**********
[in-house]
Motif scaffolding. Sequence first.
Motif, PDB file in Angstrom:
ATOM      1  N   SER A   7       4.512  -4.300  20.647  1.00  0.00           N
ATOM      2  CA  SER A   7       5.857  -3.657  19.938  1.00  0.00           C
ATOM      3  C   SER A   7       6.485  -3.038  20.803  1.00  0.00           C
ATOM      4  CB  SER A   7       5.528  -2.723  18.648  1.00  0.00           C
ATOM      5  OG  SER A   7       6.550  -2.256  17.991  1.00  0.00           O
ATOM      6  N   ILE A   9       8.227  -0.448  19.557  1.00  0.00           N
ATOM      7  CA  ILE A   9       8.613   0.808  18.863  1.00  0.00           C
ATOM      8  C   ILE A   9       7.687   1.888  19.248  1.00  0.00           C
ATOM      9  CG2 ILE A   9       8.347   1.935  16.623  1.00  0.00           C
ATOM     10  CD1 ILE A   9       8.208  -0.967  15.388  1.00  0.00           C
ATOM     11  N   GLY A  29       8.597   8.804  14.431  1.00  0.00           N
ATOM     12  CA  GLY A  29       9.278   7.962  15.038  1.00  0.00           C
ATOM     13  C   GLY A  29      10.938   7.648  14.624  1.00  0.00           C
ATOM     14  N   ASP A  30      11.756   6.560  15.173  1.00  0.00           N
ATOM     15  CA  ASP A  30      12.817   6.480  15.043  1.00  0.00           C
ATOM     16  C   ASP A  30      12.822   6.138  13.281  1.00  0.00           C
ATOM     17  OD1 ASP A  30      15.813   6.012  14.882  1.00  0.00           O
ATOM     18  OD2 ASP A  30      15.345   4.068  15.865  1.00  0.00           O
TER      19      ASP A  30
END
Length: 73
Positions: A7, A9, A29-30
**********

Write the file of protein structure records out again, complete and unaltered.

[in-house]
Motif scaffolding. Sequence first.
Motif, PDB file in Angstrom:
ATOM      1  N   SER A   7       4.512  -4.300  20.647  1.00  0.00           N
ATOM      2  CA  SER A   7       5.857  -3.657  19.938  1.00  0.00           C
ATOM      3  C   SER A   7       6.485  -3.038  20.803  1.00  0.00           C
ATOM      4  CB  SER A   7       5.528  -2.723  18.648  1.00  0.00           C
ATOM      5  OG  SER A   7       6.550  -2.256  17.991  1.00  0.00           O
ATOM      6  N   ILE A   9       8.227  -0.448  19.557  1.00  0.00           N
ATOM      7  CA  ILE A   9       8.613   0.808  18.863  1.00  0.00           C
ATOM      8  C   ILE A   9       7.687   1.888  19.248  1.00  0.00           C
ATOM      9  CG2 ILE A   9       8.347   1.935  16.623  1.00  0.00           C
ATOM     10  CD1 ILE A   9       8.208  -0.967  15.388  1.00  0.00           C
ATOM     11  N   GLY A  29       8.597   8.804  14.431  1.00  0.00           N
ATOM     12  CA  GLY A  29       9.278   7.962  15.038  1.00  0.00           C
ATOM     13  C   GLY A  29      10.938   7.648  14.624  1.00  0.00           C
ATOM     14  N   ASP A  30      11.756   6.560  15.173  1.00  0.00           N
ATOM     15  CA  ASP A  30      12.817   6.480  15.043  1.00  0.00           C
ATOM     16  C   ASP A  30      12.822   6.138  13.281  1.00  0.00           C
ATOM     17  OD1 ASP A  30      15.813   6.012  14.882  1.00  0.00           O
ATOM     18  OD2 ASP A  30      15.345   4.068  15.865  1.00  0.00           O
TER      19      ASP A  30
END
Length: 73
Positions: A7, A9, A29-30